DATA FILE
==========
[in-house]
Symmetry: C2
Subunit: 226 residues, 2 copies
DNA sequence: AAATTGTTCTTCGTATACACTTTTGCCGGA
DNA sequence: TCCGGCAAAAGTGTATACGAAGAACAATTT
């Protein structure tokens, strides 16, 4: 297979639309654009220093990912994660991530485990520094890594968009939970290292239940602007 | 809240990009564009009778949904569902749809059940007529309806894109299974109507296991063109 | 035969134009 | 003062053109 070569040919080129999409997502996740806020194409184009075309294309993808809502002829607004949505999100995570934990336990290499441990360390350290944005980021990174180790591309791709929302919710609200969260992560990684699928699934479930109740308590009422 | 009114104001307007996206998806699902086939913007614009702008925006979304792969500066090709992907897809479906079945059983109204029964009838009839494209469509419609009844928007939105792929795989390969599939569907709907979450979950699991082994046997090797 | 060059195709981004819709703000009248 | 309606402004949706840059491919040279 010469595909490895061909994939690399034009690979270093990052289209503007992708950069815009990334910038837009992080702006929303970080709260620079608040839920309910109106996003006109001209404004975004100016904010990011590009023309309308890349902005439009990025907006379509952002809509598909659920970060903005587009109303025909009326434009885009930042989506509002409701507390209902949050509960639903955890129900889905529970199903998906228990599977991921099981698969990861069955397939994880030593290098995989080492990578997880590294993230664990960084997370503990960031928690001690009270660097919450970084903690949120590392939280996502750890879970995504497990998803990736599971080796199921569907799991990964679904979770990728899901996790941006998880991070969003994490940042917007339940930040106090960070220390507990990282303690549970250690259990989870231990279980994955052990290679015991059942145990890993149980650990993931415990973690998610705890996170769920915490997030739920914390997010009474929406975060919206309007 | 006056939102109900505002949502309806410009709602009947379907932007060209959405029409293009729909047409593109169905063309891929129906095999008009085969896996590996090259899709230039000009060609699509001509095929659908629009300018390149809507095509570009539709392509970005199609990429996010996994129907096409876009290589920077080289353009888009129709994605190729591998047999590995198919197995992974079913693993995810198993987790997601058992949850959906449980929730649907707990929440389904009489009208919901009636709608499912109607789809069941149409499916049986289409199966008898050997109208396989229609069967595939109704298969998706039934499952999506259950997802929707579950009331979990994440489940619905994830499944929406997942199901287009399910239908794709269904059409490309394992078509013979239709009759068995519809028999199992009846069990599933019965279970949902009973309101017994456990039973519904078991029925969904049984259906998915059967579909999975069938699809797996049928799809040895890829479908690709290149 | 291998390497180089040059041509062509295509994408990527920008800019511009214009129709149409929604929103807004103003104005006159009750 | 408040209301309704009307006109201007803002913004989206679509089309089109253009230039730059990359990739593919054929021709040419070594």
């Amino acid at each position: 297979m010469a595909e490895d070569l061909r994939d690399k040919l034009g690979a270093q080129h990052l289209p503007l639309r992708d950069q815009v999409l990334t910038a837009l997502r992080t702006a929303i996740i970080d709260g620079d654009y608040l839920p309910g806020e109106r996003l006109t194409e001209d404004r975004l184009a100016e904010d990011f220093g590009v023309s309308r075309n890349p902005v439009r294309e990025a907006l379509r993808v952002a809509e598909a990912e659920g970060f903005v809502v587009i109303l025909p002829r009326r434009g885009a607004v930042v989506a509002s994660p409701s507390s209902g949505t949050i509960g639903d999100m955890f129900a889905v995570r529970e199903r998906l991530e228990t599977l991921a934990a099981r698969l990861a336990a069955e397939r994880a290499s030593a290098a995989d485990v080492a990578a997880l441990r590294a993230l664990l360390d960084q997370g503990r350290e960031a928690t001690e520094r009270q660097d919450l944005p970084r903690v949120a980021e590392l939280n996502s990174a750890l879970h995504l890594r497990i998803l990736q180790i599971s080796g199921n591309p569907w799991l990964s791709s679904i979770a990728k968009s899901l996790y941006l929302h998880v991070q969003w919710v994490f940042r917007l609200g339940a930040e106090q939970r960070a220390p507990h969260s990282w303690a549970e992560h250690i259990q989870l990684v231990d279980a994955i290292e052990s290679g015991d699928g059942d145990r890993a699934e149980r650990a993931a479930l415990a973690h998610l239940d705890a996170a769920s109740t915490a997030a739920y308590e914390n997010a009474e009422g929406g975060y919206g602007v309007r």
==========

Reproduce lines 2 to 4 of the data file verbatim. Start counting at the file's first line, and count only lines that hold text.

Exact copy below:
Symmetry: C2
Subunit: 226 residues, 2 copies
DNA sequence: AAATTGTTCTTCGTATACACTTTTGCCGGA